Anyways, we very much miss New York, especially walking around Park Slope. But most of all we miss you and your family, as well as Violet and hers. We have been keeping up on your blog. Min absolutely loves it, especially the candid pictures of you. Anyways, I know you still have your cellphone, so call me anytime you like. Tell Melissa and Robin we said hello and that we miss them too. Hoping that the new tenant below is friendly.  
David
 

My, what big teeth I have.

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Peas in a pod.

On the way home from music class Friday morning, we stopped spontaneously at a large, lovely playground that we don’t get to very often.  It’s about a 15 minute walk from our apartment, so we usually go somewhere closer unless we are meeting someone.  Miles, thrilled with his good luck, clambered up a metal ladder (when did he start climbing ladders?!), chattering away in multi-word sentences (when did he start chattering?!).

At the top of the slide, he shouted joyfully, “Binn!”

Playgrounding in February.

“What Miles?”

“Finn!  Finn! Is she?  Where … is she? Where?”

I realized with shock that he was remembering the last time we’d played at that playground, almost a month earlier.  We’d played with his very best friend, Finn, and he expected her to be here today.  He scanned the playground eagerly from his perch.  Big kids shouting, tots racing through a water sprinkler, everywhere the hot sun.  No Finn.

Of course he expected to see her.  We see Finn at least once a week, and it had been much more than that since our last play date.  But Finn was on vacation with her moms.  “Sorry Miles,” I said.  “No Finn today.”  After a few seconds, he gave up, skidding forlornly down the slide.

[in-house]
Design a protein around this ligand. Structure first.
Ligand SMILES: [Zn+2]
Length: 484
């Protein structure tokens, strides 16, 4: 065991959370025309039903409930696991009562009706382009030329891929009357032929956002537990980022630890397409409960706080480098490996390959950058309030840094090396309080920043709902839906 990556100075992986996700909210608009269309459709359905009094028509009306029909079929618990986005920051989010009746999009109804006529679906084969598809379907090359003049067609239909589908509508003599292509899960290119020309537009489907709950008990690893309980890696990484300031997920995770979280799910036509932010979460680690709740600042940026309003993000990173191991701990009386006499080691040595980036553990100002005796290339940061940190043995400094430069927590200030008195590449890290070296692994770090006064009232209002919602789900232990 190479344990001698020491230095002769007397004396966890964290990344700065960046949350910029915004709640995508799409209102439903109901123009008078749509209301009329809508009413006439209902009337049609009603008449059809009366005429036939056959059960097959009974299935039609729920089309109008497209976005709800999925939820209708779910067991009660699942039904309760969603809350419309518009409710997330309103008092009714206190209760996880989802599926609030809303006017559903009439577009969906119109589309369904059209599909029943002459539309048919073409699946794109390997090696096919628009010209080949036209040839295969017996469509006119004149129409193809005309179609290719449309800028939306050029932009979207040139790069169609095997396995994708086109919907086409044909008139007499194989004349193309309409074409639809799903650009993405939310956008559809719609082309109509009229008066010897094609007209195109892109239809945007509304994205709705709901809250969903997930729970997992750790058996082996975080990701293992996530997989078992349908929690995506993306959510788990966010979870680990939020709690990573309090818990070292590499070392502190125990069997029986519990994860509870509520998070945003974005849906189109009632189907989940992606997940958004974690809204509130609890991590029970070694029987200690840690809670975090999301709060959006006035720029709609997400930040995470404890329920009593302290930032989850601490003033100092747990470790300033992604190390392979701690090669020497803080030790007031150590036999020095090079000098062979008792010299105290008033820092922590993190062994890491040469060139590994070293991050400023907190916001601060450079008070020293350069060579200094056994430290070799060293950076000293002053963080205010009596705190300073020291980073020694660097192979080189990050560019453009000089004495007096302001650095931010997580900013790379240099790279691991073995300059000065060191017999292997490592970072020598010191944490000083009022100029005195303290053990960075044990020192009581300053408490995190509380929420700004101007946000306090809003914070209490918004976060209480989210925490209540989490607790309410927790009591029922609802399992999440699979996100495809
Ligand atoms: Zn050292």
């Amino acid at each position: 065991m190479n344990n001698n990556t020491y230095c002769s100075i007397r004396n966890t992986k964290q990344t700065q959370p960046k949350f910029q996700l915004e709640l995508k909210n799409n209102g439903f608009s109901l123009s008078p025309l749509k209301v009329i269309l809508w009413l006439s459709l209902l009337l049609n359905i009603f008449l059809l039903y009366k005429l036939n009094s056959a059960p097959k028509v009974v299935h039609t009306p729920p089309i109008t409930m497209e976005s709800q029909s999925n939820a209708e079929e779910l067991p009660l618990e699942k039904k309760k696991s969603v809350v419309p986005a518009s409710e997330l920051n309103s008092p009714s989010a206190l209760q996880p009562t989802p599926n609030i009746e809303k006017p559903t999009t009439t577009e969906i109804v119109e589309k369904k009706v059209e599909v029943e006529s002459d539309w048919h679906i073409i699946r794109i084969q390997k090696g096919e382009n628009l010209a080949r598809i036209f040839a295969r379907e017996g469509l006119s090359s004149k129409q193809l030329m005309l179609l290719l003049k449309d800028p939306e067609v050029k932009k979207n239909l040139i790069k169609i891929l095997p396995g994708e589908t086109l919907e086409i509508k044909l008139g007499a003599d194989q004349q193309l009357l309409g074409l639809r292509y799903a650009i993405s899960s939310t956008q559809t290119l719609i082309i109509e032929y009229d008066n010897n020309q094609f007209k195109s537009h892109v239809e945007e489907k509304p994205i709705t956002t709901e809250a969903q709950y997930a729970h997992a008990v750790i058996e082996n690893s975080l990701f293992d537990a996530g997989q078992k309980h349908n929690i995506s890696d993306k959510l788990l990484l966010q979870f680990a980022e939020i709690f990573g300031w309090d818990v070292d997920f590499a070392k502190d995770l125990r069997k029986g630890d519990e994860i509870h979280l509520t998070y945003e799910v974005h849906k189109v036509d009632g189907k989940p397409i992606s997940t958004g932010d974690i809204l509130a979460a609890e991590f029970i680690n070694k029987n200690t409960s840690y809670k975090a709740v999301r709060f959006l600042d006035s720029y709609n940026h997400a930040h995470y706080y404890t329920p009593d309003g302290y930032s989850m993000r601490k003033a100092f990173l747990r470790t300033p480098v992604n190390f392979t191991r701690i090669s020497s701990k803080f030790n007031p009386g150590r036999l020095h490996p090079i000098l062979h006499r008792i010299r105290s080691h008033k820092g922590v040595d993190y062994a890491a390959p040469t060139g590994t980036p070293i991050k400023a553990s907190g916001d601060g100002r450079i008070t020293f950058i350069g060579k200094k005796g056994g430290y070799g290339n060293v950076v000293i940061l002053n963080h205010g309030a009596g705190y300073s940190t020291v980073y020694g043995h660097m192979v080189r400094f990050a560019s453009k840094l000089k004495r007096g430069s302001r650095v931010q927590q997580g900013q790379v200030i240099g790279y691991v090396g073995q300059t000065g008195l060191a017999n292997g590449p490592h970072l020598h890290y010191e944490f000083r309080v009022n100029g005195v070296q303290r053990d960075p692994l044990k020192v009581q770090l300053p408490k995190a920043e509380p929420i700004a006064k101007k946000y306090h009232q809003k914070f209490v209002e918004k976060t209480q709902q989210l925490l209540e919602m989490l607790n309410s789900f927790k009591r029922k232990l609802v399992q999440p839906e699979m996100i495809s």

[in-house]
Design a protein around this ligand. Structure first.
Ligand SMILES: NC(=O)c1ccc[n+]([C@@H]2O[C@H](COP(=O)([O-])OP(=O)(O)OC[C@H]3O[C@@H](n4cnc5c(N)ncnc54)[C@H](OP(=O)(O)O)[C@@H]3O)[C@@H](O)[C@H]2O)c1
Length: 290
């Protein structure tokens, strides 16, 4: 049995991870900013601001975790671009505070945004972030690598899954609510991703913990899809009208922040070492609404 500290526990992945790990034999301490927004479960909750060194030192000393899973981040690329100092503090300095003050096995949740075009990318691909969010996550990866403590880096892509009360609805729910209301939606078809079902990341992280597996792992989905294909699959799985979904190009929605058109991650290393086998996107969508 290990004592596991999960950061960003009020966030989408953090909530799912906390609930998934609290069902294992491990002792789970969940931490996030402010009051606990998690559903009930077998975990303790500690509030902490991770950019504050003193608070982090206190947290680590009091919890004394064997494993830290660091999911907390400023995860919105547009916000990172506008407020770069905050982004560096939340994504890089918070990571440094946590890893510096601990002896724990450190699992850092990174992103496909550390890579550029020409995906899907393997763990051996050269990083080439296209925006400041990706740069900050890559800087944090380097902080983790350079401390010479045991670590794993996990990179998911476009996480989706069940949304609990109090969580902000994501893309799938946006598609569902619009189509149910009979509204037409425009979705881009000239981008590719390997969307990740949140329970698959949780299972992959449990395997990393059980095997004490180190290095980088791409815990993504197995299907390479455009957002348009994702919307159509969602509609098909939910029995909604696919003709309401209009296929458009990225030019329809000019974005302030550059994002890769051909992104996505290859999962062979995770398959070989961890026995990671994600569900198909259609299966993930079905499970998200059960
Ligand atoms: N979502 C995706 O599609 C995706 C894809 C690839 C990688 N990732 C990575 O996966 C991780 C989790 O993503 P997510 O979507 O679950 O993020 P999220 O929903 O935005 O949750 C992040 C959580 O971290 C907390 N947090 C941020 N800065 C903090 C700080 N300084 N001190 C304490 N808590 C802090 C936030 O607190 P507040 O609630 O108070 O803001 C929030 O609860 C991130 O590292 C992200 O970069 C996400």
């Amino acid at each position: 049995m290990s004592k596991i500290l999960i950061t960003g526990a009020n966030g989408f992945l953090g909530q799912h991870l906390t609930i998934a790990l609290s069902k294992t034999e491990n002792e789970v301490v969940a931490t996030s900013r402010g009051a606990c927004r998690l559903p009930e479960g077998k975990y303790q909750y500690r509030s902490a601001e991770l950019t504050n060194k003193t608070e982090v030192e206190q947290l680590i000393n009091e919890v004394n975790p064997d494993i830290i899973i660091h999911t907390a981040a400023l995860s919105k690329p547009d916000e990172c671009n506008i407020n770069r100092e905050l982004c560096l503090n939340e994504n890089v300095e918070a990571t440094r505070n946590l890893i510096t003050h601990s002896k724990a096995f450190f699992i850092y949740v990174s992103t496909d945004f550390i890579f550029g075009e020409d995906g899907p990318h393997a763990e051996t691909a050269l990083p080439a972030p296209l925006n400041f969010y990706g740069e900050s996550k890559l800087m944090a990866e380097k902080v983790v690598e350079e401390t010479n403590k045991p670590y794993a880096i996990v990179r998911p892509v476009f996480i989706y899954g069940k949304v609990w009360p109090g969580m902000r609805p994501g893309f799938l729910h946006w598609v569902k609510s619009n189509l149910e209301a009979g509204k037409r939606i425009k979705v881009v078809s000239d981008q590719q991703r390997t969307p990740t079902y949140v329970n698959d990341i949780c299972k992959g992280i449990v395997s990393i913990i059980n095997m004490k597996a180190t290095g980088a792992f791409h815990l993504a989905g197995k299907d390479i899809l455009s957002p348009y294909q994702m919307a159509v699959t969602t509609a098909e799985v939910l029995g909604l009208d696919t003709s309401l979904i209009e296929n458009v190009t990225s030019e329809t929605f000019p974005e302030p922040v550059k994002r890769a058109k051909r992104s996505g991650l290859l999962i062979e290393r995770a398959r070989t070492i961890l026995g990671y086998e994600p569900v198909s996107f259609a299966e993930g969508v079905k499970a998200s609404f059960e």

Spring.

He’s been this way about Finn for quite some time.  Like the first time I mistakenly mentioned we were going to Finn’s house an hour before we were supposed to leave.  Miles marched to the door and began banging on it, chanting her name.  In case I wasn’t getting the point, he grabbed his shoes from the bin, thrust them into my hands, and entreated, “Go!” 

For several months, I was sure he thought Finn’s name was “More.” 

“Do you want to go see Finn?” I would ask.

“More, more, more,” Miles would chant, firmly signing “friend” with his hands. 

“Are you saying more friend?”

He’d look at me.  Concentrate. “More.” (Sign “friend.”) “Please.”

Got milk?

They met at two months old in a coffee shop.  A mutual friend connected Robin and me with Finn’s moms, Alicia and Melissa, because we were lesbian families who’d had babies within two weeks of each other.  At that point, Miles and Finn were bald and squirmy grubs, rooting for the breast.  They couldn’t have cared less about socializing.  Then they moved on to parallel play, eyeing one another with a mixture of curiosity and suspicion, until their first tortured attempts at sharing.  Now their friendship is a passionate and intense toddler love fest.  He mostly calls her “Binn,” and she mostly calls him “Biles.” They’re a funny pair, both blonde and blue-eyed, running around like a couple of Scandinavian elves out of a fairy tale.  They scream each other’s names. 

“Biles!  Biles!  Biles!”

“Binn! Binn!  Binn!”

“Biles!”

“Binn!”

They debate the finer points of Elmo and Ernie.  They hug, they read, they giggle, they grab, they cry, they push, they chase.  

So funny!

A few months ago, we asked Miles and Finn for the first time if they would like to kiss each other goodbye.   We were finishing up a play date, and they’d been milling about, grabbing toys off the ground, turning in circles, grabbing the dogs’ tails.